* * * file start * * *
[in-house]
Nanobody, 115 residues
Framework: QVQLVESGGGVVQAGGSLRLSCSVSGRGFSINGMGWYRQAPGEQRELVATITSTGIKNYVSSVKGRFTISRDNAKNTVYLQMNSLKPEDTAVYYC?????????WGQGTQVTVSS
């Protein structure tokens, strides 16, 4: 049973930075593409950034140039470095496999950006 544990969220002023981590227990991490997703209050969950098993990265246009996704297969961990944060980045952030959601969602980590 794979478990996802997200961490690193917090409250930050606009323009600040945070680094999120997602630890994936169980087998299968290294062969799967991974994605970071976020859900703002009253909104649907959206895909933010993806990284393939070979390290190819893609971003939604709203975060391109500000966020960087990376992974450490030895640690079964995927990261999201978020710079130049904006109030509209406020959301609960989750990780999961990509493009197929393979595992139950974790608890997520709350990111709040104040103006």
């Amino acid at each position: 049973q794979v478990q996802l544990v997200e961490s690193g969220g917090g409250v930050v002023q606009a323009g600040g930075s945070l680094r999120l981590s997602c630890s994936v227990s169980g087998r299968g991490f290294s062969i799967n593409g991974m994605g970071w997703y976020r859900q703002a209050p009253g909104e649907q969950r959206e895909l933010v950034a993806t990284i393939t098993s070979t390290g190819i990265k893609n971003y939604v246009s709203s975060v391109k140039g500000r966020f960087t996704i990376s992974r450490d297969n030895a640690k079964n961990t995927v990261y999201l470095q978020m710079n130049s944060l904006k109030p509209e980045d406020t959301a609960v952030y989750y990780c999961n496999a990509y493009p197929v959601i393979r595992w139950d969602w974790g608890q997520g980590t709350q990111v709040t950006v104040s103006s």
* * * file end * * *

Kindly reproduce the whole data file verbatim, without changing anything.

[in-house]
Nanobody, 115 residues
Framework: QVQLVESGGGVVQAGGSLRLSCSVSGRGFSINGMGWYRQAPGEQRELVATITSTGIKNYVSSVKGRFTISRDNAKNTVYLQMNSLKPEDTAVYYC?????????WGQGTQVTVSS
């Protein structure tokens, strides 16, 4: 049973930075593409950034140039470095496999950006 544990969220002023981590227990991490997703209050969950098993990265246009996704297969961990944060980045952030959601969602980590 794979478990996802997200961490690193917090409250930050606009323009600040945070680094999120997602630890994936169980087998299968290294062969799967991974994605970071976020859900703002009253909104649907959206895909933010993806990284393939070979390290190819893609971003939604709203975060391109500000966020960087990376992974450490030895640690079964995927990261999201978020710079130049904006109030509209406020959301609960989750990780999961990509493009197929393979595992139950974790608890997520709350990111709040104040103006």
């Amino acid at each position: 049973q794979v478990q996802l544990v997200e961490s690193g969220g917090g409250v930050v002023q606009a323009g600040g930075s945070l680094r999120l981590s997602c630890s994936v227990s169980g087998r299968g991490f290294s062969i799967n593409g991974m994605g970071w997703y976020r859900q703002a209050p009253g909104e649907q969950r959206e895909l933010v950034a993806t990284i393939t098993s070979t390290g190819i990265k893609n971003y939604v246009s709203s975060v391109k140039g500000r966020f960087t996704i990376s992974r450490d297969n030895a640690k079964n961990t995927v990261y999201l470095q978020m710079n130049s944060l904006k109030p509209e980045d406020t959301a609960v952030y989750y990780c999961n496999a990509y493009p197929v959601i393979r595992w139950d969602w974790g608890q997520g980590t709350q990111v709040t950006v104040s103006s």